When I was young, I grew up in the Roman Catholic Church. I went to CCD (aka Cathechism) classes. I memorized prayers. The Lord’s Prayer, the Hail Mary, the Glory Be, the Act of Contrition, the Act of Faith, the Act of Hope, the Apostles’ Creed, etc, etc, etc.
When I was a young adult, I was received into the Episcopal Church. Same faith, different man made structure, no infallible humans (in matters of the church or anything else). It suited me. There were some of the same prayers and some new ones that I liked. I didn’t have to memorize them, but when you say something often enough, it is etched into your memory anyway.
Now that I approaching 57, I’ve been considering the various prayer “waystations” I’ve visited along the way to where I am now.
I’ve learned about kinds of prayer: Praise, Petition (asking something for oneself), Confession, Intercession (asking for something for someone else) and Thanksgiving. I’ve read and heard about verbal vs nonverbal prayer; praying with the body; the practice of the presence of God; written or memorized vs spontaneous prayer; various types of meditation; praying in “tongues”; praying in song; praying in community vs praying alone.
I have found that everything has something to commend it to our use and not everything works for a person all the time.
I think when you’re young, praying in words – your own or memorized – is a great help. I know that, in my experience, it was easy to petition, give thanks, intercede or confess (well, maybe that was a bit less easy). Praise was something built into most memorized prayers, but it really didn’t mean that much as a child. I think praising God comes from experiencing God in your life – and most children just haven’t had enough time to find that place.
A note about age and memorized prayer. When I was a kid, we heard prayer in public school – generally the Lord’s Prayer. Every day, “Our Father, ….” I already knew it and didn’t think much of it. Everyone in the class seemed to know it. In stressful times, it was easy to fall back to – say it and repeat and repeat and … there was a rhythm and sameness that was soothing and reassuring. These days, I serve as a Lay Eucharistic Minister and Visitor. One of my “duties” is assisting our priest at a monthly service at the local nursing home. There are usually 25 or so elders in various conditions and states of mental alertness. They have booklets to follow the service if they want to and some do. Some seem to doze. They quietly mumble the responses. Then we get to the Lord’s Prayer. Suddenly everyone participates – loudly and strongly – “Our Father …” Even elders who were seemingly “out of it” remember that prayer. So I think when we teach our children these few memorized, frequently used prayers such as the Lord’s Prayer, we give them an anchor that will keep them from going adrift in much of their lives.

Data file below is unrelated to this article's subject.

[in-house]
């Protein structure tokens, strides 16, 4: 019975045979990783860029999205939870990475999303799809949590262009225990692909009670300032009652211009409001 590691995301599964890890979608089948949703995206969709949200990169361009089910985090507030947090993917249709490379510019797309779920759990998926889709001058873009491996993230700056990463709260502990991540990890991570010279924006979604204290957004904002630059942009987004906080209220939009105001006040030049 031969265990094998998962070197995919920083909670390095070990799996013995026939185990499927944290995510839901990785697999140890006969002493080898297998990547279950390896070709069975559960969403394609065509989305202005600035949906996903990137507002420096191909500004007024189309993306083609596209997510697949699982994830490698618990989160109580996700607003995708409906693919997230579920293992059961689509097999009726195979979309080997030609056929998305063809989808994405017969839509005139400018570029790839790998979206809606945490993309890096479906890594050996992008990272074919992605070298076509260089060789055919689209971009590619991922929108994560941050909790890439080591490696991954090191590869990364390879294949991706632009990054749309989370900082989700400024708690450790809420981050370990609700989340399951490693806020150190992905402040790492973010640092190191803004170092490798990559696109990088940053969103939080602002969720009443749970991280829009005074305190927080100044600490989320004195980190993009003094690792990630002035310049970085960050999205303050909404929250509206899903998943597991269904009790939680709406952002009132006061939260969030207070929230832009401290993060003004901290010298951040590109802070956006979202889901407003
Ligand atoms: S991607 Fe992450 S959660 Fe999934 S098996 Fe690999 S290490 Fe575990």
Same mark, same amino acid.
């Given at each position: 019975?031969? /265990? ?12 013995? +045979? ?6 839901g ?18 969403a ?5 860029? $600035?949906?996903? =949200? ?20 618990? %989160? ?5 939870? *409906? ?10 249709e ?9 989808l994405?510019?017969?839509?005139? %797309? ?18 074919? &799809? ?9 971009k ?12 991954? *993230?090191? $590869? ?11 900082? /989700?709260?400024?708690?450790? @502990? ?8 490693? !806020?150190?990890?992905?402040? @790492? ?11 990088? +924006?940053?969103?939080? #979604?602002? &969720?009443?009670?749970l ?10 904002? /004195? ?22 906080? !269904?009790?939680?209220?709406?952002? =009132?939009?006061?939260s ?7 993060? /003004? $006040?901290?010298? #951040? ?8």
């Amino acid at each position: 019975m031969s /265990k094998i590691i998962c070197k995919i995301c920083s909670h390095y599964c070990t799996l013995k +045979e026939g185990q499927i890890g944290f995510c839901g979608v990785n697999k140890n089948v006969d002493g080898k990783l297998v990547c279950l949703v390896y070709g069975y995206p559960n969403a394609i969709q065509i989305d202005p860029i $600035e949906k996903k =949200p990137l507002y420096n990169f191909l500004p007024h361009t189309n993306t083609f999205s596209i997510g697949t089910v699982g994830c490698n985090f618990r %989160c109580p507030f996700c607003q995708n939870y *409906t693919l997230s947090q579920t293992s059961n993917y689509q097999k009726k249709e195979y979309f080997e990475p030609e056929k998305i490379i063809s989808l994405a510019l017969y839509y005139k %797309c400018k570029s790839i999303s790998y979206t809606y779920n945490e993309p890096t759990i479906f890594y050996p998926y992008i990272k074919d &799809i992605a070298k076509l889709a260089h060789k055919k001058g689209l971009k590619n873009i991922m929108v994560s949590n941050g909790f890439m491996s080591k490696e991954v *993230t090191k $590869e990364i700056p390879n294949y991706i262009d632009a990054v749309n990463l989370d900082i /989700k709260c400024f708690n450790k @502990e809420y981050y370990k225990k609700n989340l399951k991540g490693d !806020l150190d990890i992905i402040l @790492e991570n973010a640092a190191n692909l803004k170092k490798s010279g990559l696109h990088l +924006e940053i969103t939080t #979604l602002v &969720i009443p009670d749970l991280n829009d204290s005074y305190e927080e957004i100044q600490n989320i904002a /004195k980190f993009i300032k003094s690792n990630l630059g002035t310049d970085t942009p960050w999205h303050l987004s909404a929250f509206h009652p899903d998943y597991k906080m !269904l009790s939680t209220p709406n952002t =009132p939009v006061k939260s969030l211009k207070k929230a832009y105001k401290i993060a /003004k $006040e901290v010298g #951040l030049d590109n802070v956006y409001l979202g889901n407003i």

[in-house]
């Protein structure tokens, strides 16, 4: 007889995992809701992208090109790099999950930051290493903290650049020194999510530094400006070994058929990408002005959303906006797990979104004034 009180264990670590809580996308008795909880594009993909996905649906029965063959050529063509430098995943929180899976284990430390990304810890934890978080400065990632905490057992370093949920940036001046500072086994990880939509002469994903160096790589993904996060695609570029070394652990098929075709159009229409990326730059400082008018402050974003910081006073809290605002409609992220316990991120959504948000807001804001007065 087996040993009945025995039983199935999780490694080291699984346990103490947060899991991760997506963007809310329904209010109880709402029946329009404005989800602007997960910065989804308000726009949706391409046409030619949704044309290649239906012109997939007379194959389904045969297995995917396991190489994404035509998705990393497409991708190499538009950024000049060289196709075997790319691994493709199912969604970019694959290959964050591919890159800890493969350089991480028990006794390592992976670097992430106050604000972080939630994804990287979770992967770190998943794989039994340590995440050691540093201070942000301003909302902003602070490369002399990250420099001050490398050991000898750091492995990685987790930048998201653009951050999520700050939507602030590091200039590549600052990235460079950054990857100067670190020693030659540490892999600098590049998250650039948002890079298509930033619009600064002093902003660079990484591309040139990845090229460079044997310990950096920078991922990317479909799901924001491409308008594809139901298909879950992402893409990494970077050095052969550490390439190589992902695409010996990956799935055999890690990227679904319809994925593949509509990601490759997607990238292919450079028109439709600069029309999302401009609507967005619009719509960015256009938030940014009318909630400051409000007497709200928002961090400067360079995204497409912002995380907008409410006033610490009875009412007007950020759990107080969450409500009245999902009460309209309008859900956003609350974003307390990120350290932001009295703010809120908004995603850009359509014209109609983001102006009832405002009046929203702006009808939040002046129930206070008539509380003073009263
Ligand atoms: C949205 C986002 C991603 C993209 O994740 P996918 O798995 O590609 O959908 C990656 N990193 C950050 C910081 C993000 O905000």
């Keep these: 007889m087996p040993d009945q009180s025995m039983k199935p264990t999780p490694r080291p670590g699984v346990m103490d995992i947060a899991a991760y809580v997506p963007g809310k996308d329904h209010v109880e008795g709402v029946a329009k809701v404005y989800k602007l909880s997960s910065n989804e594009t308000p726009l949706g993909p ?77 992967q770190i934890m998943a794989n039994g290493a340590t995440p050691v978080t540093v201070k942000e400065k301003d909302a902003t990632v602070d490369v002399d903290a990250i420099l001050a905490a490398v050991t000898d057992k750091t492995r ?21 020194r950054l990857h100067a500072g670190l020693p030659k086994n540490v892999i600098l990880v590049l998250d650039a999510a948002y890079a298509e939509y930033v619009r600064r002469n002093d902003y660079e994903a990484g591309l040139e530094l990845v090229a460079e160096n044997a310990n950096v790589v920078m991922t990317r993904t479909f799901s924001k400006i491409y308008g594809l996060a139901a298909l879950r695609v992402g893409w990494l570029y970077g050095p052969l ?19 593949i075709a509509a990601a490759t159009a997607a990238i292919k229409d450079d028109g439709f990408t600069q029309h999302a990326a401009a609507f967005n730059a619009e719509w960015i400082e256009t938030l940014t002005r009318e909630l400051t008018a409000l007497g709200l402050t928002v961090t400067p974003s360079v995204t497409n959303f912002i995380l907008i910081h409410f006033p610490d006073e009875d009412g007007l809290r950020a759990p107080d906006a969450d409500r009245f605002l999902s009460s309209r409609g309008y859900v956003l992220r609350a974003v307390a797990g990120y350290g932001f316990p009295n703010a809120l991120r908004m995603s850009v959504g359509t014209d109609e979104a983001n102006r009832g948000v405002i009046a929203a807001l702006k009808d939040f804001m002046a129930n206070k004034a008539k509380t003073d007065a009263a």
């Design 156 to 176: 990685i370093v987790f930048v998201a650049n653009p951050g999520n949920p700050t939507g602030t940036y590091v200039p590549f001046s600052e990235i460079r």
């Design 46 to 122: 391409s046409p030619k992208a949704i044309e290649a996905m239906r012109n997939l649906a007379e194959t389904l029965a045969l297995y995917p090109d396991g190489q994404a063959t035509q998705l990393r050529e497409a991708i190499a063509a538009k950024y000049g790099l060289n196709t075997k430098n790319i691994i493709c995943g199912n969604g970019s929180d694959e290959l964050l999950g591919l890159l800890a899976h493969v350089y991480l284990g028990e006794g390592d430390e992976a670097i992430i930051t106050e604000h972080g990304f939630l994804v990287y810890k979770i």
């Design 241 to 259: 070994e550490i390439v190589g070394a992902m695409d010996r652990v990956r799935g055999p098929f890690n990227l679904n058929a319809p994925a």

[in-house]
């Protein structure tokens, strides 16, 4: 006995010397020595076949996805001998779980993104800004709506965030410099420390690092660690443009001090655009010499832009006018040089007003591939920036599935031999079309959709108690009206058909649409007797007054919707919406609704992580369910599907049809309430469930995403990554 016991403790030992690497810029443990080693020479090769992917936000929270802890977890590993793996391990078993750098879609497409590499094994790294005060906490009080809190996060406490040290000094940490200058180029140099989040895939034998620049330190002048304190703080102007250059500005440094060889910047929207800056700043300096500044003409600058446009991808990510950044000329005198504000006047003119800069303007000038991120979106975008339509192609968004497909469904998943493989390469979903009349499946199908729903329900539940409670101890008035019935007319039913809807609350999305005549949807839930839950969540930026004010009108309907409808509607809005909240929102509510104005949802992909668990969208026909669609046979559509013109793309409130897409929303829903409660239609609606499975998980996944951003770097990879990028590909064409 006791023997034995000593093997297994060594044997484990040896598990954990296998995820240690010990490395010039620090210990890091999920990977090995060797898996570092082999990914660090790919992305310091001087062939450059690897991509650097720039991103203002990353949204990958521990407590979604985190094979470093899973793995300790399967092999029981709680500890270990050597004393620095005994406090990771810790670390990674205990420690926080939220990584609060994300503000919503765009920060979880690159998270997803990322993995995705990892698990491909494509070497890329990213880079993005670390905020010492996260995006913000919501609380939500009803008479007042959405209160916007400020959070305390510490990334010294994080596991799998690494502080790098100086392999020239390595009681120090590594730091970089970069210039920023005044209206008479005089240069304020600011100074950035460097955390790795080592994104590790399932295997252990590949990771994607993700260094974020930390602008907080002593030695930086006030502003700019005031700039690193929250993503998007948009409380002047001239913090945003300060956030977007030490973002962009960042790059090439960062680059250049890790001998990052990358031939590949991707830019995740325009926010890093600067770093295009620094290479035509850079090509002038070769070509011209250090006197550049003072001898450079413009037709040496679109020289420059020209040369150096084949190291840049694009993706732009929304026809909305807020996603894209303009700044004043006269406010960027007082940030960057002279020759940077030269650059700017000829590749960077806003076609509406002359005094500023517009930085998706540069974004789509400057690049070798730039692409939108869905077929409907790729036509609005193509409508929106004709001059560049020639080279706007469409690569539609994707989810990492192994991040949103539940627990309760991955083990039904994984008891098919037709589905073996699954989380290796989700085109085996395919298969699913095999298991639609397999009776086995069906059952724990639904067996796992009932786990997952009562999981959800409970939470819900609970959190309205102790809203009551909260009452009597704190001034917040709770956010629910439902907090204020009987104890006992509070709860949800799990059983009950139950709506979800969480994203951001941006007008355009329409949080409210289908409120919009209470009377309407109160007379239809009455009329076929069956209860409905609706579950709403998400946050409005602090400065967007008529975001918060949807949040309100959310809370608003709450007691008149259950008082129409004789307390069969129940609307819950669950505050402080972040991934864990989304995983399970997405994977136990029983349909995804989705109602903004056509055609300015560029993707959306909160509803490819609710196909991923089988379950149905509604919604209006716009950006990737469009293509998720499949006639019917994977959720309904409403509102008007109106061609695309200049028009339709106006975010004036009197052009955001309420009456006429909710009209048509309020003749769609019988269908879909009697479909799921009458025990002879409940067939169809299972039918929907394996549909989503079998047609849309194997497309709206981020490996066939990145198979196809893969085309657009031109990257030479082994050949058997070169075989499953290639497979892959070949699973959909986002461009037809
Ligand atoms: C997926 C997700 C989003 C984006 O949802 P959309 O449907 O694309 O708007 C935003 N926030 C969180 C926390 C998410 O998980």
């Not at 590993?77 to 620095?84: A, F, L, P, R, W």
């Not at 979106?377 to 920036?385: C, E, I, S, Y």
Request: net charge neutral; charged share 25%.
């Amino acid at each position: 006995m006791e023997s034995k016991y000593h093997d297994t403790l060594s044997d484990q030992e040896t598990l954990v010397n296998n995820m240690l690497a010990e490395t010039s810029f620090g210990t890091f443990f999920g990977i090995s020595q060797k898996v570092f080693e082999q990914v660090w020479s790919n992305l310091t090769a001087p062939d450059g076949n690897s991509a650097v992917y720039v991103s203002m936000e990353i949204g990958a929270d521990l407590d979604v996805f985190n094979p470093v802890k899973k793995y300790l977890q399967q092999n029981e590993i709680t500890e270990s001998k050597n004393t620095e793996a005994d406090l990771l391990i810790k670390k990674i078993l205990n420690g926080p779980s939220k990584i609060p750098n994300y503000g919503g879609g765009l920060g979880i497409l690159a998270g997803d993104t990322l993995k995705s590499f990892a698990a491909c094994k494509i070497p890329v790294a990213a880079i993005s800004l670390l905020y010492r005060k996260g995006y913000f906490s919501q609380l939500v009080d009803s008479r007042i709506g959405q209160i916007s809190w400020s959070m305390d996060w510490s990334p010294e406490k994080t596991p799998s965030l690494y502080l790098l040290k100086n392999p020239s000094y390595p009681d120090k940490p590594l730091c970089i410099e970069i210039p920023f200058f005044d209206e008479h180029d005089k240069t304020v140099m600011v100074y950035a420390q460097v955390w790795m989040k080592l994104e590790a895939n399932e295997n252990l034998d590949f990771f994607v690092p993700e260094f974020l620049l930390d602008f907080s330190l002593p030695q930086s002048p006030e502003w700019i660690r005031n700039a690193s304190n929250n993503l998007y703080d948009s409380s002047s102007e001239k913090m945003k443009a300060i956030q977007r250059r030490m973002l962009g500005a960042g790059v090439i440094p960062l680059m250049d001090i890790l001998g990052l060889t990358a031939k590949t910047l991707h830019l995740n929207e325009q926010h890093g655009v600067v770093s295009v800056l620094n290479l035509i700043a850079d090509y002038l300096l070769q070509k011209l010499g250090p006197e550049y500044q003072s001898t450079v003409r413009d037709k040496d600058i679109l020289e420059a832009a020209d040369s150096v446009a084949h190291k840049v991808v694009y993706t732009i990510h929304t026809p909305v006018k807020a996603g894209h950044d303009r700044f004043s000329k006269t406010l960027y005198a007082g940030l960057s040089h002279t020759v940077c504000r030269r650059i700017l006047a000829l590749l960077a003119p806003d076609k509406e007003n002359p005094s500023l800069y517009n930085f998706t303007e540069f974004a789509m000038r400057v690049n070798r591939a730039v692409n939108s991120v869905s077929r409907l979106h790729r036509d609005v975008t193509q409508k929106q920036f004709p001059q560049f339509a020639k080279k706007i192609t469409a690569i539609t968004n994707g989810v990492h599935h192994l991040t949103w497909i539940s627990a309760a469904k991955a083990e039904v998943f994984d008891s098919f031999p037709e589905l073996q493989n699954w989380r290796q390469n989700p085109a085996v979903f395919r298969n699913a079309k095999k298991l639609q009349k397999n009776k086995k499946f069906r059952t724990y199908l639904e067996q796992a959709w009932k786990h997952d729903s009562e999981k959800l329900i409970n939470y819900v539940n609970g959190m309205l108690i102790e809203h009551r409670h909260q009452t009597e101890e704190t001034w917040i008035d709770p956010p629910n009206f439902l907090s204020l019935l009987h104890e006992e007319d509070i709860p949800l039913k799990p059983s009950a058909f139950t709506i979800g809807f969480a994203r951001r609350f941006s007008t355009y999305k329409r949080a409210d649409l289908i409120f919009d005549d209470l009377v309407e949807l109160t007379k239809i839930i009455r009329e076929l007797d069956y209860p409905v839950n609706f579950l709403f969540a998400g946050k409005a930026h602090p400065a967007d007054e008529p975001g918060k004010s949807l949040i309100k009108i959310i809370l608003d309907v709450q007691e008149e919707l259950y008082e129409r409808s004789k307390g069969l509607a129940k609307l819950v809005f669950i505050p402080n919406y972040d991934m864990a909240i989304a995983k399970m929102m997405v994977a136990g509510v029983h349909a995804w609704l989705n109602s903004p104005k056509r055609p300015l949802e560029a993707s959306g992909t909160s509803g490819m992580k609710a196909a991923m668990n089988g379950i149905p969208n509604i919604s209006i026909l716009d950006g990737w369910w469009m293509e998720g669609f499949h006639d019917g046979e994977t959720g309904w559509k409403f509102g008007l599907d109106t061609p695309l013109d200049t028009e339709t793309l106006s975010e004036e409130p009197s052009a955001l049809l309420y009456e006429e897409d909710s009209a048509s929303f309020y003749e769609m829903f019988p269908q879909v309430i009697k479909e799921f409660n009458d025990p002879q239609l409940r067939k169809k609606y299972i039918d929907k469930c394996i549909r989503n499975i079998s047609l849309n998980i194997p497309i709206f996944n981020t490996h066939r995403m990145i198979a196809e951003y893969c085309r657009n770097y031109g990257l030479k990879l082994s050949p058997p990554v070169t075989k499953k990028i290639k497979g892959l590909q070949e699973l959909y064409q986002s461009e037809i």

I personally have a few other memorized prayers that I have learned along the way that seem to be particularly important to my own life. I think to be helpful, prayer has to be personal – it has to be tailored to the person who is praying. We don’t all fit the same mold.
At this point in my life, I find it very difficult to pray in words, especially the flowery ones you hear from some preachers. I guess I have come to try to “practice the presence of God” – to know every moment, in every task, that God is with me, knows what I need, loves me and wants to be with me. I do not need church or preacher to be in that place. I can find it equally doing laundry or being mesmerized by the Rocky Mountains. It becomes trite to me when I try to put into words what my soul is trying to say to God.
I still practice intercessory prayer – but not in a very literal way. I offer those I love or am concerned about to God in my heart with every thought of that person. I know it is God and not myself who can give them what they need or open their eyes/ears/minds. I very rarely ask for anything for myself. I know I will have what I need – my years have taught me that and I trust it. I sometimes wish I could “give” that trust to others, but it is something we each have to find in our own time and way. If I ask for something for myself these days, it is usually for the right words to say to someone else or the right way to try to help someone.
I have had times in my life when meditation has been of great value. These days, if I meditate, the only prayer that I can use is the “Jesus Prayer.” I’m sorry I’ve forgotten it’s source but I know it has been used by many Christian traditions. It’s quite simple and can be pared down to four words. The full prayer is: Lord Jesus Christ, Son of God, have mercy on me, a sinner. The crux of the prayer: Lord Jesus have mercy. It can even be used on the treadmill, which I do from time to time.
I have felt the Spirit of God and have spoken in “tongues” but don’t feel it’s necessary for prayer. For me, it has happened when I have felt so close to God that I could not think – there were no words or ideas that would shape in my mind. It is, for me, always linked to great feelings of awe and praise and joy.
I don’t think any particular type of prayer or manner of praying is better than another. I truly think that whatever prayer can bring us closer to God is the right prayer – for that moment.
I think it matters less how you pray and more that you pray. I think prayer is our acknowledgement that we are not all knowing or all powerful, even though we often act as though we are. We are human – with flaws and imperfections. Prayer is our attempt to draw closer to the One who is without flaw and perfect – maybe then a little more of that will rub off on us.